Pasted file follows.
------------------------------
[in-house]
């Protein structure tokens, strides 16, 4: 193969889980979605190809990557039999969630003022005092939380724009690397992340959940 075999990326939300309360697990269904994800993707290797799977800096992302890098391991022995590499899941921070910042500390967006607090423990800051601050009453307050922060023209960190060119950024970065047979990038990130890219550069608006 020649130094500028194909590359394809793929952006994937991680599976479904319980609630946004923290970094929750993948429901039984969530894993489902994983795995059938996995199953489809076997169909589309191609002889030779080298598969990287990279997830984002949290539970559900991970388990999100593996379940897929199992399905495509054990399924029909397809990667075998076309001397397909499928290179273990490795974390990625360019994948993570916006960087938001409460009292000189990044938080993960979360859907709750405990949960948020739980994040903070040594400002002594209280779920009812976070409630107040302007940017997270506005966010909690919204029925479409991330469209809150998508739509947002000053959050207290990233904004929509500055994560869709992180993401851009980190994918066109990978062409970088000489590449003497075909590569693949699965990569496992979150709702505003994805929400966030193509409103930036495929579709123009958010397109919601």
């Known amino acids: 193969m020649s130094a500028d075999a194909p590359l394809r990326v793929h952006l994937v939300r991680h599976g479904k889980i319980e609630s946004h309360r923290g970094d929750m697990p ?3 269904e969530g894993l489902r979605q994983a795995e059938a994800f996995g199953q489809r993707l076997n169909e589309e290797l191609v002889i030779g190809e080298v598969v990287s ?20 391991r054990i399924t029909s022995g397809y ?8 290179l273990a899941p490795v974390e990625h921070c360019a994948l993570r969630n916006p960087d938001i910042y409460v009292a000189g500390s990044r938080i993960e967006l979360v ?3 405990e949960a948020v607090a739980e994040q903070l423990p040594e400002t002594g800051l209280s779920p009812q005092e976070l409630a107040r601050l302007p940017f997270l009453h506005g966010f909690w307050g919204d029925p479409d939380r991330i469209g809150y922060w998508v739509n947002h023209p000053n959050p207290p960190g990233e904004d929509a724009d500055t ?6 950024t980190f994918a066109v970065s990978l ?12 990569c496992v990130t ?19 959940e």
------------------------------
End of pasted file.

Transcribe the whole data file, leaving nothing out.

[in-house]
């Protein structure tokens, strides 16, 4: 193969889980979605190809990557039999969630003022005092939380724009690397992340959940 075999990326939300309360697990269904994800993707290797799977800096992302890098391991022995590499899941921070910042500390967006607090423990800051601050009453307050922060023209960190060119950024970065047979990038990130890219550069608006 020649130094500028194909590359394809793929952006994937991680599976479904319980609630946004923290970094929750993948429901039984969530894993489902994983795995059938996995199953489809076997169909589309191609002889030779080298598969990287990279997830984002949290539970559900991970388990999100593996379940897929199992399905495509054990399924029909397809990667075998076309001397397909499928290179273990490795974390990625360019994948993570916006960087938001409460009292000189990044938080993960979360859907709750405990949960948020739980994040903070040594400002002594209280779920009812976070409630107040302007940017997270506005966010909690919204029925479409991330469209809150998508739509947002000053959050207290990233904004929509500055994560869709992180993401851009980190994918066109990978062409970088000489590449003497075909590569693949699965990569496992979150709702505003994805929400966030193509409103930036495929579709123009958010397109919601």
């Known amino acids: 193969m020649s130094a500028d075999a194909p590359l394809r990326v793929h952006l994937v939300r991680h599976g479904k889980i319980e609630s946004h309360r923290g970094d929750m697990p ?3 269904e969530g894993l489902r979605q994983a795995e059938a994800f996995g199953q489809r993707l076997n169909e589309e290797l191609v002889i030779g190809e080298v598969v990287s ?20 391991r054990i399924t029909s022995g397809y ?8 290179l273990a899941p490795v974390e990625h921070c360019a994948l993570r969630n916006p960087d938001i910042y409460v009292a000189g500390s990044r938080i993960e967006l979360v ?3 405990e949960a948020v607090a739980e994040q903070l423990p040594e400002t002594g800051l209280s779920p009812q005092e976070l409630a107040r601050l302007p940017f997270l009453h506005g966010f909690w307050g919204d029925p479409d939380r991330i469209g809150y922060w998508v739509n947002h023209p000053n959050p207290p960190g990233e904004d929509a724009d500055t ?6 950024t980190f994918a066109v970065s990978l ?12 990569c496992v990130t ?19 959940e």